One thing good housekeepers love is a good chemical to clean the ring on and around the bathtub. Or the new washing detergent with some exotic named ingredient that really gets the cloths clean and smelling good, or some other chemical component of a cleanser used around the house. The problem is that some of those modern chemical conveniences may contain an ingredient to which you may be very allergic. For example, ammonia, bleach, scents, disinfectants, detergents, etc. Again don't be afraid to experiment. You know now what simple steps you can take to let you know whether you are allergic to things in your immediate environment. In the case of household cleansers, etc., you may add a second step: Becoming in deliberate contact with the stuff and see what happens to your skin, breathing, etc. If you experiment nasal or sinus pressure or other breathing discomfort, as already described, above, for dust then you know you are possibly allergic to that substance.
What to do
- Eliminate the culprit. This is probably the least expensive and practical way to deal with the issue. In the case of animal dander the problem could be that the animal is so much loved by family members that you may end up having to move to a motel or apartment while the doggy keeps its choice spot in the house, shedding all that dander--assuming dander is the allergen causing the nasal or sinus pressure or any other breathing discomfort bothering you. Not the best solution
- Go see an allergy specialist and have some skin allergy tests made to determine for sure how badly you are allergic to the item you suspect. If your allergy is intense to animal dander and the doggy or kitty can't be given away, then get allergy shots for the dander. If the problem is with dust mite droppings in the mattress or carpet the allergy specialist has a protocol to deal with it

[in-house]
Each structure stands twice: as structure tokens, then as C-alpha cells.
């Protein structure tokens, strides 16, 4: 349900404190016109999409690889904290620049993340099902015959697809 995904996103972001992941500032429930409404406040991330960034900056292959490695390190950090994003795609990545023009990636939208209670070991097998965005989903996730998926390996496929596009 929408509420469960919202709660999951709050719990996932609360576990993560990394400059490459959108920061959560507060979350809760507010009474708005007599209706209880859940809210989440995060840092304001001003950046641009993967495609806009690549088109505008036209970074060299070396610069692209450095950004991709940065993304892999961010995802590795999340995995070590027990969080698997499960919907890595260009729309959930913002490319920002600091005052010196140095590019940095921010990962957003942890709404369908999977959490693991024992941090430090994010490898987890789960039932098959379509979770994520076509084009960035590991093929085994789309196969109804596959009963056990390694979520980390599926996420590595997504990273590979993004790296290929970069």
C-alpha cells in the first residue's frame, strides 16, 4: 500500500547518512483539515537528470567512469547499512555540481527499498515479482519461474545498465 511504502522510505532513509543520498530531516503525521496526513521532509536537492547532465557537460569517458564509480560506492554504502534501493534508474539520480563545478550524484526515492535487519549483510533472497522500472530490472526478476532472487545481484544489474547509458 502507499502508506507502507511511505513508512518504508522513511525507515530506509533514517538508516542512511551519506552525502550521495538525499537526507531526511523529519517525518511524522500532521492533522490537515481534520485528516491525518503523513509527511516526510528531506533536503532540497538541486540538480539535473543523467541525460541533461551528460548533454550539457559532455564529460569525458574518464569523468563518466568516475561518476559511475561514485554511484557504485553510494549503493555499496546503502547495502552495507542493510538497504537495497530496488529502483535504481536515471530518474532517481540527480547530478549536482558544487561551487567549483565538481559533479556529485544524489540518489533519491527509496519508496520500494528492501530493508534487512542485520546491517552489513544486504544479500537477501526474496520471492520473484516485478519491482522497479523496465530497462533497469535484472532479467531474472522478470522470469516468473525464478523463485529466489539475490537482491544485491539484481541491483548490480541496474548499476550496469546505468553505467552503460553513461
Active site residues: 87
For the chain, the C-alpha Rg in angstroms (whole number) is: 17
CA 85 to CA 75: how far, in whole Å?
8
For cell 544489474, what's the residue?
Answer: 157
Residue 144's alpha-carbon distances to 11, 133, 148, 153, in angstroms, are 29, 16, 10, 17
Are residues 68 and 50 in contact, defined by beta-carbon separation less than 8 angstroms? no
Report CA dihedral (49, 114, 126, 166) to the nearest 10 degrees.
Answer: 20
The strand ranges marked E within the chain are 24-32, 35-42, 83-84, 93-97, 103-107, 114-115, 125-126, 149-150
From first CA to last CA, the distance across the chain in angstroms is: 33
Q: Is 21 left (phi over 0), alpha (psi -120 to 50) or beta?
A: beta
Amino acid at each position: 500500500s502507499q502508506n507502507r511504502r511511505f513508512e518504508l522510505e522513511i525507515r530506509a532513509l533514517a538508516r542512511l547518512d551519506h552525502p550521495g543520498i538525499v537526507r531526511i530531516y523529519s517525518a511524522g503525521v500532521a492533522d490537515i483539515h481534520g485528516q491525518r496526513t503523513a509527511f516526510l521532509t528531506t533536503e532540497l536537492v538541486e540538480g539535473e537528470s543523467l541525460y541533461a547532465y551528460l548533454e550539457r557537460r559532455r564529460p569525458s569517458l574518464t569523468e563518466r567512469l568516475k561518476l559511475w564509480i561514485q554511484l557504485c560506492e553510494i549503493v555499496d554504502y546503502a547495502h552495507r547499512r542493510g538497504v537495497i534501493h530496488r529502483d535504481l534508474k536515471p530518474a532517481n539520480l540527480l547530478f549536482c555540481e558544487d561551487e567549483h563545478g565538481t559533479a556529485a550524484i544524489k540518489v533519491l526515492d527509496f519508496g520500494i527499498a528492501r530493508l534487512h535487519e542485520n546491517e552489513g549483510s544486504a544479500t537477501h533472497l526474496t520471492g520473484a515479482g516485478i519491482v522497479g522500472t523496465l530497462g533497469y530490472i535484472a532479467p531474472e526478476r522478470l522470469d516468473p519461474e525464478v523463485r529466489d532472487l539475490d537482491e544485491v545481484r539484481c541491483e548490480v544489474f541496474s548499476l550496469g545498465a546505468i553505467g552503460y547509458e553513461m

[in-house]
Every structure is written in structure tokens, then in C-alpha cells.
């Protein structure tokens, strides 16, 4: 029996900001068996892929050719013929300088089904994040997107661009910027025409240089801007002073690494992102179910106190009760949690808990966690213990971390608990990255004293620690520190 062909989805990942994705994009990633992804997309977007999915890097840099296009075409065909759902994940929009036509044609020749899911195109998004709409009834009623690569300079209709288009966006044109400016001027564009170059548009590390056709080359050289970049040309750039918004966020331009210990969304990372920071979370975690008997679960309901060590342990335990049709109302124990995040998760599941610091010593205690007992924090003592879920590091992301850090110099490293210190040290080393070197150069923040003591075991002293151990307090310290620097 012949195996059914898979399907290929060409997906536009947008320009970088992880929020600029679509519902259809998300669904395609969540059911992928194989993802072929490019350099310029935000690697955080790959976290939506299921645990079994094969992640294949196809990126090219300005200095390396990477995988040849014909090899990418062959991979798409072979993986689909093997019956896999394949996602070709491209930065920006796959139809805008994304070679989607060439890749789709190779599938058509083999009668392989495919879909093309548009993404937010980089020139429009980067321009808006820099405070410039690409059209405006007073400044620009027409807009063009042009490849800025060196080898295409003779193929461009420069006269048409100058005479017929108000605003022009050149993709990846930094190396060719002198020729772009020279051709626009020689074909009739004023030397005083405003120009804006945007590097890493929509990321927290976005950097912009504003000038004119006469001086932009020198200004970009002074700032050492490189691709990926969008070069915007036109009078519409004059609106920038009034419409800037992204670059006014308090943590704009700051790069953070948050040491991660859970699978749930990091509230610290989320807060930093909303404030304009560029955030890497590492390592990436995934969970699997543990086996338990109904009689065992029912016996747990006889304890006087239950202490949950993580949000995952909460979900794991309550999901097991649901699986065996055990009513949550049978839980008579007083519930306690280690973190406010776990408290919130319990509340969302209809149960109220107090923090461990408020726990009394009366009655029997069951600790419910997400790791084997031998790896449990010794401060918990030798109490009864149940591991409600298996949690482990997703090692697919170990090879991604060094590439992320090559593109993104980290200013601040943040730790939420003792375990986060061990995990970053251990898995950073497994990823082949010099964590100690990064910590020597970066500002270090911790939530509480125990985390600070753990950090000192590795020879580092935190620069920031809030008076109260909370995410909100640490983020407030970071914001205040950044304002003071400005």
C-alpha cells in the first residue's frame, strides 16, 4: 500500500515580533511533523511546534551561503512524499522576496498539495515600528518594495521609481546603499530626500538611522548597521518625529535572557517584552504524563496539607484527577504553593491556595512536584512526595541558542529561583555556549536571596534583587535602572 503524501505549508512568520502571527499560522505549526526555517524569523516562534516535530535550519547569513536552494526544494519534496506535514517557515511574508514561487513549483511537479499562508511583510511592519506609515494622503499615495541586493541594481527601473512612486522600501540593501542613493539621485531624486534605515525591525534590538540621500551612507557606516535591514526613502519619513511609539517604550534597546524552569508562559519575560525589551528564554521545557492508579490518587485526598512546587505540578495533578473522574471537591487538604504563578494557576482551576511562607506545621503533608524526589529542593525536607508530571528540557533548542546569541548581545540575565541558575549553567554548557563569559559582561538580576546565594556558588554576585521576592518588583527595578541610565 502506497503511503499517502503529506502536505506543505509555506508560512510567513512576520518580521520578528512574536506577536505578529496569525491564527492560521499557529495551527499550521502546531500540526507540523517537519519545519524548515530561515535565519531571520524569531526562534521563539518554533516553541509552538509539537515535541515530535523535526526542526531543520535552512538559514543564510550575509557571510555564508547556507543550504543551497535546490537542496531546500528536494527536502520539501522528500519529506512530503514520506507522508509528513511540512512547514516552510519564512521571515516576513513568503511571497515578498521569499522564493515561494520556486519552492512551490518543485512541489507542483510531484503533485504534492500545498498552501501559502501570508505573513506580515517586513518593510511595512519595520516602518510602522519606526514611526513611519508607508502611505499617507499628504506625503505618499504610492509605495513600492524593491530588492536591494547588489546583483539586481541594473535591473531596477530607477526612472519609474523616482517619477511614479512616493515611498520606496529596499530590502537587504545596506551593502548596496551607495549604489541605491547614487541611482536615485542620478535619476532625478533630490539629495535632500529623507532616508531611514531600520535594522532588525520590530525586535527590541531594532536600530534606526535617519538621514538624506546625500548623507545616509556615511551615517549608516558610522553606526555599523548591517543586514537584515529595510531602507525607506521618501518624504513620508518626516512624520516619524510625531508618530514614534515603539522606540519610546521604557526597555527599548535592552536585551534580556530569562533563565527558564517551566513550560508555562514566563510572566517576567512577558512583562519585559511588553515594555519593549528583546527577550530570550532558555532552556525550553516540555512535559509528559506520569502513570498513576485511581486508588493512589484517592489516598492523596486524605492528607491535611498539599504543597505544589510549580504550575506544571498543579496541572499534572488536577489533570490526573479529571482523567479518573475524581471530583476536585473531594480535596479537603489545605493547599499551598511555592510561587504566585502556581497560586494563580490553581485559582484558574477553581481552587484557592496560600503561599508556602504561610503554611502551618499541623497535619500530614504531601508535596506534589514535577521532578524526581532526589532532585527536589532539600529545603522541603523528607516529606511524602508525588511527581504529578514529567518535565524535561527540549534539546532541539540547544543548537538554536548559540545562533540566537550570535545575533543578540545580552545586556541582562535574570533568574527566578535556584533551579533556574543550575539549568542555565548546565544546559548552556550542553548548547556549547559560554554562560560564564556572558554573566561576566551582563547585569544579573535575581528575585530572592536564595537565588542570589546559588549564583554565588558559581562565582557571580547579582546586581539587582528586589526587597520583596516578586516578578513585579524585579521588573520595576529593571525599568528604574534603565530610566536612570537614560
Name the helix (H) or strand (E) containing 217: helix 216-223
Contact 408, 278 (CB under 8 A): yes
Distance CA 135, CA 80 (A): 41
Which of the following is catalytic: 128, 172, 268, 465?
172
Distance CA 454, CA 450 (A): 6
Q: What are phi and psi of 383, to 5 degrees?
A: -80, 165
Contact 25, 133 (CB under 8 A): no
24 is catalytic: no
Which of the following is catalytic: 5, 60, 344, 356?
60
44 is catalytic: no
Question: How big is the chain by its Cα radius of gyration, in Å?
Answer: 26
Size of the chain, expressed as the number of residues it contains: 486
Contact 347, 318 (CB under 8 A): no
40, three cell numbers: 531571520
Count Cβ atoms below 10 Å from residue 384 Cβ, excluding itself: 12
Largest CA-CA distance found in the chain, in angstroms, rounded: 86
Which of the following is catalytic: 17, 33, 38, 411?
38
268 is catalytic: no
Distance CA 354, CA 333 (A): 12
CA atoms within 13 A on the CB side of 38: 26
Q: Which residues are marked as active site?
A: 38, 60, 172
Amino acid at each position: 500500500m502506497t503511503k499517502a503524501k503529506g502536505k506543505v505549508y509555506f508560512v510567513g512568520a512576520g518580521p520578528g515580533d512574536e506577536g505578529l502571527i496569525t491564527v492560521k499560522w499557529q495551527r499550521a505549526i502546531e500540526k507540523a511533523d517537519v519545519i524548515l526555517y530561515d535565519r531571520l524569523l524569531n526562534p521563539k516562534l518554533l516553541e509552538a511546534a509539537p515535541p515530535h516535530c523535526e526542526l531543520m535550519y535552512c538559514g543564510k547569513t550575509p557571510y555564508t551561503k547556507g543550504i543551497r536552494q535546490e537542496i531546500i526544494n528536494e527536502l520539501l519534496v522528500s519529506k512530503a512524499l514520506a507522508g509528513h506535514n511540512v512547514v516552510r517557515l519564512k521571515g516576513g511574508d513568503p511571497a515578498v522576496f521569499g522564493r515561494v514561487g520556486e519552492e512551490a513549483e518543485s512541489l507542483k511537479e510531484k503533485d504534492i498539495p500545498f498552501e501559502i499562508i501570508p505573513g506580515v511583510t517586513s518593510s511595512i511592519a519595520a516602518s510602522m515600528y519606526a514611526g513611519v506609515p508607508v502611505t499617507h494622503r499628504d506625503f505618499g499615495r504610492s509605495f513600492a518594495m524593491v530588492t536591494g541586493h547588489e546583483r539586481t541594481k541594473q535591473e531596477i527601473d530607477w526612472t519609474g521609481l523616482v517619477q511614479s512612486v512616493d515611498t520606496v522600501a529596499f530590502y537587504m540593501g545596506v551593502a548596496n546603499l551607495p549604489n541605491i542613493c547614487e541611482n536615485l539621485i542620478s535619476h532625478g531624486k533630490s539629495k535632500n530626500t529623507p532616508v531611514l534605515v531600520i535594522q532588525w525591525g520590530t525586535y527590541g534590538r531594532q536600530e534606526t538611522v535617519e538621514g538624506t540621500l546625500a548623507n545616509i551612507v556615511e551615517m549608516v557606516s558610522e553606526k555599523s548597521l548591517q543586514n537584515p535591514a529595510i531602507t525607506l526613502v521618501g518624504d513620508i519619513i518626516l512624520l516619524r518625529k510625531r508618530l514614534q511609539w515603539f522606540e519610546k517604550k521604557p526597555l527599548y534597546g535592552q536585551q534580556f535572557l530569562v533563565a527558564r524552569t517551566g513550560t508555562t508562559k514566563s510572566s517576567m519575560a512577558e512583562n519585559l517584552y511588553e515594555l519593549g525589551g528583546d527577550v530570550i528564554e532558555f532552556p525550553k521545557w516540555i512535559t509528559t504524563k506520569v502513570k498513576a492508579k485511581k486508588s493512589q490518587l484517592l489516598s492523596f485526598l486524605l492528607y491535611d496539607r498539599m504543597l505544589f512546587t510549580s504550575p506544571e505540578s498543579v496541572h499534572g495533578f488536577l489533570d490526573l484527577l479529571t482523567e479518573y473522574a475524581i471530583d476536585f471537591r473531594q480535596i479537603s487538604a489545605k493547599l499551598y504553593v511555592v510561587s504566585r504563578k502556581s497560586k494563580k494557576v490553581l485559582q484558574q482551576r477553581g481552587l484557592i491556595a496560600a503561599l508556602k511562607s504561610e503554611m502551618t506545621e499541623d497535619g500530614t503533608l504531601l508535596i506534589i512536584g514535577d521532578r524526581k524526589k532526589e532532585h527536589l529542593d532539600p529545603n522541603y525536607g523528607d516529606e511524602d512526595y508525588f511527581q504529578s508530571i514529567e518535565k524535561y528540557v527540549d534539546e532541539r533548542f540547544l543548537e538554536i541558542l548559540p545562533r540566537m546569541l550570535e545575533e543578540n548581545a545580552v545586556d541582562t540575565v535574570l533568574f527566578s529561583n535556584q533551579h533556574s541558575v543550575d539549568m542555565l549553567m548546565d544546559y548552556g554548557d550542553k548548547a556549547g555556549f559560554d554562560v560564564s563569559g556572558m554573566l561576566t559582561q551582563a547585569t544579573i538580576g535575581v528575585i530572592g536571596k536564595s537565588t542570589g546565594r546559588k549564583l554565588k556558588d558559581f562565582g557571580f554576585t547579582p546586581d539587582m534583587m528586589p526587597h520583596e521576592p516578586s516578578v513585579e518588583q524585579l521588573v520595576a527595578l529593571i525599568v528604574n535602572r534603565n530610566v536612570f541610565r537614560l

You decided that the allergens you detected are not bad enough to warrant any of the above alternatives. Then do the best to avoid coming in close contact with the item and take, in some cases, an OTC remedy to ease the discomfort when it gets to be too annoying
. For example:
- Antihistamine, like loratadine (Claritin)
- Any other popular decongestant or medication your doctor or pharmacist suggests
If you got close to the carpet, the mattress, the plants and flowers and there was no allergic reaction, then check the kind of foods you eat. There are some foods which can produce sinus pressure or other sinus symptoms
Do not let sinus pressure build up and do nothing since it could lead to a sinus infection. In such cases a sinus pressure points procedure (acupressure) is very helpful to drain the sinuses.
With some insights as to how to deal with allergic reactions to your household environment, you may be able to eliminate or significantly reduce their annoying impact. Whether it be nasal or sinus pressure or some other respiratory discomfort.
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A combination of healing systems working synergistically (cooperatively) for your sinuses is the key to sinus healing
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The right sinus relief is more than just taking medications. It involves: Right eating, botanicals, some regular medications & pressure points for the sinuses
Foods can significantly affect your sinuses. Learn which foods can cause problems and which ones promote healing
Disclaimer: I am not a physician nor a licensed health care practitioner. The statements made in this web site or in the publication: Three Steps to Quick Sinus and Mucus Relief, have not been evaluated by the Food and Drug Administration. They are intended to describe what I did or would personally do only, and not intended to diagnose, treat or cure or prevent any disease or condition for others. The reader should continue to regularly consult a physician with regard to his or her health. Especially with respect to any matters or symptoms that may require diagnosis or medical care.